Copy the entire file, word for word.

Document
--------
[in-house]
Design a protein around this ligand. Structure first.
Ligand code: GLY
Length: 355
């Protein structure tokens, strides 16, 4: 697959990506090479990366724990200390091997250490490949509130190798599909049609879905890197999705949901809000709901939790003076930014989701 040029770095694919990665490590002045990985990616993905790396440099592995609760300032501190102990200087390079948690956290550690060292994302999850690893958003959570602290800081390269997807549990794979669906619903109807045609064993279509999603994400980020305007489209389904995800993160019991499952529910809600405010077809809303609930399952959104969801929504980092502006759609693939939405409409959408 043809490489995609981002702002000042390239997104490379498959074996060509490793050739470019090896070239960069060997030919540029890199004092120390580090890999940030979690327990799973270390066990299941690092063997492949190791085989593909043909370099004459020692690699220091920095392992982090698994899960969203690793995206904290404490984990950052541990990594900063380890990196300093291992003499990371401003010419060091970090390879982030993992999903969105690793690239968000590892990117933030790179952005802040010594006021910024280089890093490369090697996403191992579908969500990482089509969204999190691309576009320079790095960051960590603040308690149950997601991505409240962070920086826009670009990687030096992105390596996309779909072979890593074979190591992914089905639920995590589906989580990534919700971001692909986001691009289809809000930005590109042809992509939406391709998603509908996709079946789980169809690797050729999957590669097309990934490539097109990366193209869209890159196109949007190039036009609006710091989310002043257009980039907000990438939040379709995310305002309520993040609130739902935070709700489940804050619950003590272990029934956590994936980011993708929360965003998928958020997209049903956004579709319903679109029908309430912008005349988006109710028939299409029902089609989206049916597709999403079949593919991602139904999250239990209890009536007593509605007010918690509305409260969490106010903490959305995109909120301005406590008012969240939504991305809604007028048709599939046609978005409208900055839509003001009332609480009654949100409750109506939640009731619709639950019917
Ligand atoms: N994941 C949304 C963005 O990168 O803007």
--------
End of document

[in-house]
Design a protein around this ligand. Structure first.
Ligand code: GLY
Length: 355
């Protein structure tokens, strides 16, 4: 697959990506090479990366724990200390091997250490490949509130190798599909049609879905890197999705949901809000709901939790003076930014989701 040029770095694919990665490590002045990985990616993905790396440099592995609760300032501190102990200087390079948690956290550690060292994302999850690893958003959570602290800081390269997807549990794979669906619903109807045609064993279509999603994400980020305007489209389904995800993160019991499952529910809600405010077809809303609930399952959104969801929504980092502006759609693939939405409409959408 043809490489995609981002702002000042390239997104490379498959074996060509490793050739470019090896070239960069060997030919540029890199004092120390580090890999940030979690327990799973270390066990299941690092063997492949190791085989593909043909370099004459020692690699220091920095392992982090698994899960969203690793995206904290404490984990950052541990990594900063380890990196300093291992003499990371401003010419060091970090390879982030993992999903969105690793690239968000590892990117933030790179952005802040010594006021910024280089890093490369090697996403191992579908969500990482089509969204999190691309576009320079790095960051960590603040308690149950997601991505409240962070920086826009670009990687030096992105390596996309779909072979890593074979190591992914089905639920995590589906989580990534919700971001692909986001691009289809809000930005590109042809992509939406391709998603509908996709079946789980169809690797050729999957590669097309990934490539097109990366193209869209890159196109949007190039036009609006710091989310002043257009980039907000990438939040379709995310305002309520993040609130739902935070709700489940804050619950003590272990029934956590994936980011993708929360965003998928958020997209049903956004579709319903679109029908309430912008005349988006109710028939299409029902089609989206049916597709999403079949593919991602139904999250239990209890009536007593509605007010918690509305409260969490106010903490959305995109909120301005406590008012969240939504991305809604007028048709599939046609978005409208900055839509003001009332609480009654949100409750109506939640009731619709639950019917
Ligand atoms: N994941 C949304 C963005 O990168 O803007």